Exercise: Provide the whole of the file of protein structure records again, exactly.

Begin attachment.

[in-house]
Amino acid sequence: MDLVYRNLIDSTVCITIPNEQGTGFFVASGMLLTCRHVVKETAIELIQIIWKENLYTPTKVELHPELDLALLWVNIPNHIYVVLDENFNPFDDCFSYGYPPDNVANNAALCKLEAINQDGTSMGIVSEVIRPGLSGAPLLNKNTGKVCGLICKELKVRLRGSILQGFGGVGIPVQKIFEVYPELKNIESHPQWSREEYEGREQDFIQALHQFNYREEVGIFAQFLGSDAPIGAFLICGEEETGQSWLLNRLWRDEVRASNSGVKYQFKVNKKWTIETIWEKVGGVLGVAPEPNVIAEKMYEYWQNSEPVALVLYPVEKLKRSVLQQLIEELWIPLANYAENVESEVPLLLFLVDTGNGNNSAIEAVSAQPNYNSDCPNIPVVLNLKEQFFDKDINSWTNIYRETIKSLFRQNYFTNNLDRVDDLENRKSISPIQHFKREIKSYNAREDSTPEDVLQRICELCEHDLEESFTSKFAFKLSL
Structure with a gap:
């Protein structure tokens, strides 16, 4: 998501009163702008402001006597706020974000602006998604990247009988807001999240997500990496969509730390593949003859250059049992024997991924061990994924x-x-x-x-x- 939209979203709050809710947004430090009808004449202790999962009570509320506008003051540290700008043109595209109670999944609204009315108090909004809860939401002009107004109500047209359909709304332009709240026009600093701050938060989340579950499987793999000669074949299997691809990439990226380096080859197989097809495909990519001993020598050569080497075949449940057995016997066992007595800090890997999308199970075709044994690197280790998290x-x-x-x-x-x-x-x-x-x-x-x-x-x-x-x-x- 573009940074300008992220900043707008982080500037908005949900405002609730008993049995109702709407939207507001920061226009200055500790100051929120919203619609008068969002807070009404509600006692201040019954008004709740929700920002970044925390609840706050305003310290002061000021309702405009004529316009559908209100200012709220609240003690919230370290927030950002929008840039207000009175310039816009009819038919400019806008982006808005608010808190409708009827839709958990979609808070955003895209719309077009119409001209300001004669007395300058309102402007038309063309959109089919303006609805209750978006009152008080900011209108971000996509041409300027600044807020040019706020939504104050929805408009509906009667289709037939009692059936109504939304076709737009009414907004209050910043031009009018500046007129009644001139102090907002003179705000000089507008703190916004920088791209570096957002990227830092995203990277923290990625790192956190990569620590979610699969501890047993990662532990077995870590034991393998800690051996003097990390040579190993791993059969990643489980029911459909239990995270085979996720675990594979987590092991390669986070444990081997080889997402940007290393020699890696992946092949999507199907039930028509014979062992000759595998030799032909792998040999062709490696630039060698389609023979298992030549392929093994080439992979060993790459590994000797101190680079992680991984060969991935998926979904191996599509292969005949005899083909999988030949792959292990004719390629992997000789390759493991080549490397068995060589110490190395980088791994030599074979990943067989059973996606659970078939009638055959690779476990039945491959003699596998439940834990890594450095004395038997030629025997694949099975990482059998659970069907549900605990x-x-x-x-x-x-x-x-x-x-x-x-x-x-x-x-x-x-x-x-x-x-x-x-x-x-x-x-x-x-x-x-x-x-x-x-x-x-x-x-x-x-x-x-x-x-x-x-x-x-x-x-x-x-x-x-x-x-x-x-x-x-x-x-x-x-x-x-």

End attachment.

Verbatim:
[in-house]
Amino acid sequence: MDLVYRNLIDSTVCITIPNEQGTGFFVASGMLLTCRHVVKETAIELIQIIWKENLYTPTKVELHPELDLALLWVNIPNHIYVVLDENFNPFDDCFSYGYPPDNVANNAALCKLEAINQDGTSMGIVSEVIRPGLSGAPLLNKNTGKVCGLICKELKVRLRGSILQGFGGVGIPVQKIFEVYPELKNIESHPQWSREEYEGREQDFIQALHQFNYREEVGIFAQFLGSDAPIGAFLICGEEETGQSWLLNRLWRDEVRASNSGVKYQFKVNKKWTIETIWEKVGGVLGVAPEPNVIAEKMYEYWQNSEPVALVLYPVEKLKRSVLQQLIEELWIPLANYAENVESEVPLLLFLVDTGNGNNSAIEAVSAQPNYNSDCPNIPVVLNLKEQFFDKDINSWTNIYRETIKSLFRQNYFTNNLDRVDDLENRKSISPIQHFKREIKSYNAREDSTPEDVLQRICELCEHDLEESFTSKFAFKLSL
Structure with a gap:
């Protein structure tokens, strides 16, 4: 998501009163702008402001006597706020974000602006998604990247009988807001999240997500990496969509730390593949003859250059049992024997991924061990994924x-x-x-x-x- 939209979203709050809710947004430090009808004449202790999962009570509320506008003051540290700008043109595209109670999944609204009315108090909004809860939401002009107004109500047209359909709304332009709240026009600093701050938060989340579950499987793999000669074949299997691809990439990226380096080859197989097809495909990519001993020598050569080497075949449940057995016997066992007595800090890997999308199970075709044994690197280790998290x-x-x-x-x-x-x-x-x-x-x-x-x-x-x-x-x- 573009940074300008992220900043707008982080500037908005949900405002609730008993049995109702709407939207507001920061226009200055500790100051929120919203619609008068969002807070009404509600006692201040019954008004709740929700920002970044925390609840706050305003310290002061000021309702405009004529316009559908209100200012709220609240003690919230370290927030950002929008840039207000009175310039816009009819038919400019806008982006808005608010808190409708009827839709958990979609808070955003895209719309077009119409001209300001004669007395300058309102402007038309063309959109089919303006609805209750978006009152008080900011209108971000996509041409300027600044807020040019706020939504104050929805408009509906009667289709037939009692059936109504939304076709737009009414907004209050910043031009009018500046007129009644001139102090907002003179705000000089507008703190916004920088791209570096957002990227830092995203990277923290990625790192956190990569620590979610699969501890047993990662532990077995870590034991393998800690051996003097990390040579190993791993059969990643489980029911459909239990995270085979996720675990594979987590092991390669986070444990081997080889997402940007290393020699890696992946092949999507199907039930028509014979062992000759595998030799032909792998040999062709490696630039060698389609023979298992030549392929093994080439992979060993790459590994000797101190680079992680991984060969991935998926979904191996599509292969005949005899083909999988030949792959292990004719390629992997000789390759493991080549490397068995060589110490190395980088791994030599074979990943067989059973996606659970078939009638055959690779476990039945491959003699596998439940834990890594450095004395038997030629025997694949099975990482059998659970069907549900605990x-x-x-x-x-x-x-x-x-x-x-x-x-x-x-x-x-x-x-x-x-x-x-x-x-x-x-x-x-x-x-x-x-x-x-x-x-x-x-x-x-x-x-x-x-x-x-x-x-x-x-x-x-x-x-x-x-x-x-x-x-x-x-x-x-x-x-x-």